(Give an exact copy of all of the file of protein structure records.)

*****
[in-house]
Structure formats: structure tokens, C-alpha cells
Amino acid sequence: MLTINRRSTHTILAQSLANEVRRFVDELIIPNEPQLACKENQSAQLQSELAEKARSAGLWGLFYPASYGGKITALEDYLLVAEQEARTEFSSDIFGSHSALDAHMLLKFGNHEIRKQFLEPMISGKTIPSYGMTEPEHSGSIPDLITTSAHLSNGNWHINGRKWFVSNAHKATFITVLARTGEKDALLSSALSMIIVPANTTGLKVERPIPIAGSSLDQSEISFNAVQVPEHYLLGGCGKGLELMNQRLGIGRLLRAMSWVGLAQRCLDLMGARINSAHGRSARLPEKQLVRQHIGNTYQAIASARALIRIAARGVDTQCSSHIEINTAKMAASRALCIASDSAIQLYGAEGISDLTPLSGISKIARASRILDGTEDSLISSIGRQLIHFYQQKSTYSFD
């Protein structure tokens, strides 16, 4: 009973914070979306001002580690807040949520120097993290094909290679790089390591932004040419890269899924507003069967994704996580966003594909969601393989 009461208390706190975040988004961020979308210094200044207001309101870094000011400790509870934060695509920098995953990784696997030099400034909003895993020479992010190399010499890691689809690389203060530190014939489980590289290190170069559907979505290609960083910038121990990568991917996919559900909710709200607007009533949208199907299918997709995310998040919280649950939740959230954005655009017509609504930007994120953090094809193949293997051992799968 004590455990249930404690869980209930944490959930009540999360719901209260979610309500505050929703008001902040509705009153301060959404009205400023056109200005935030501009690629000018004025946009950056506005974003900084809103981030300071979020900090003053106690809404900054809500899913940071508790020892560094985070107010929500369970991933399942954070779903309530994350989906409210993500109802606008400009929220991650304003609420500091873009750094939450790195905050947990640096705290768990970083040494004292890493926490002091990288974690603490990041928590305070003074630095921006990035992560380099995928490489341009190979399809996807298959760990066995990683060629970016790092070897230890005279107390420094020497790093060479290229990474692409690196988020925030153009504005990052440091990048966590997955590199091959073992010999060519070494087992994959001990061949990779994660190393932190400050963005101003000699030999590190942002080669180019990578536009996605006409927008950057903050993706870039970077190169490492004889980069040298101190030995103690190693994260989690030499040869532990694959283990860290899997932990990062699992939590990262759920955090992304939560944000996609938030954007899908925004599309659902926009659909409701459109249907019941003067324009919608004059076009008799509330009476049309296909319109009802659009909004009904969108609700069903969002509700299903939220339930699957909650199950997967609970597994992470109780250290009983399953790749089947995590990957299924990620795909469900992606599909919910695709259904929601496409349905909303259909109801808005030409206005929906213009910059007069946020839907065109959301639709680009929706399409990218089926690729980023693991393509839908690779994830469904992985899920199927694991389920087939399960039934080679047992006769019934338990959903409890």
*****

[in-house]
Structure formats: structure tokens, C-alpha cells
Amino acid sequence: MLTINRRSTHTILAQSLANEVRRFVDELIIPNEPQLACKENQSAQLQSELAEKARSAGLWGLFYPASYGGKITALEDYLLVAEQEARTEFSSDIFGSHSALDAHMLLKFGNHEIRKQFLEPMISGKTIPSYGMTEPEHSGSIPDLITTSAHLSNGNWHINGRKWFVSNAHKATFITVLARTGEKDALLSSALSMIIVPANTTGLKVERPIPIAGSSLDQSEISFNAVQVPEHYLLGGCGKGLELMNQRLGIGRLLRAMSWVGLAQRCLDLMGARINSAHGRSARLPEKQLVRQHIGNTYQAIASARALIRIAARGVDTQCSSHIEINTAKMAASRALCIASDSAIQLYGAEGISDLTPLSGISKIARASRILDGTEDSLISSIGRQLIHFYQQKSTYSFD
């Protein structure tokens, strides 16, 4: 009973914070979306001002580690807040949520120097993290094909290679790089390591932004040419890269899924507003069967994704996580966003594909969601393989 009461208390706190975040988004961020979308210094200044207001309101870094000011400790509870934060695509920098995953990784696997030099400034909003895993020479992010190399010499890691689809690389203060530190014939489980590289290190170069559907979505290609960083910038121990990568991917996919559900909710709200607007009533949208199907299918997709995310998040919280649950939740959230954005655009017509609504930007994120953090094809193949293997051992799968 004590455990249930404690869980209930944490959930009540999360719901209260979610309500505050929703008001902040509705009153301060959404009205400023056109200005935030501009690629000018004025946009950056506005974003900084809103981030300071979020900090003053106690809404900054809500899913940071508790020892560094985070107010929500369970991933399942954070779903309530994350989906409210993500109802606008400009929220991650304003609420500091873009750094939450790195905050947990640096705290768990970083040494004292890493926490002091990288974690603490990041928590305070003074630095921006990035992560380099995928490489341009190979399809996807298959760990066995990683060629970016790092070897230890005279107390420094020497790093060479290229990474692409690196988020925030153009504005990052440091990048966590997955590199091959073992010999060519070494087992994959001990061949990779994660190393932190400050963005101003000699030999590190942002080669180019990578536009996605006409927008950057903050993706870039970077190169490492004889980069040298101190030995103690190693994260989690030499040869532990694959283990860290899997932990990062699992939590990262759920955090992304939560944000996609938030954007899908925004599309659902926009659909409701459109249907019941003067324009919608004059076009008799509330009476049309296909319109009802659009909004009904969108609700069903969002509700299903939220339930699957909650199950997967609970597994992470109780250290009983399953790749089947995590990957299924990620795909469900992606599909919910695709259904929601496409349905909303259909109801808005030409206005929906213009910059007069946020839907065109959301639709680009929706399409990218089926690729980023693991393509839908690779994830469904992985899920199927694991389920087939399960039934080679047992006769019934338990959903409890």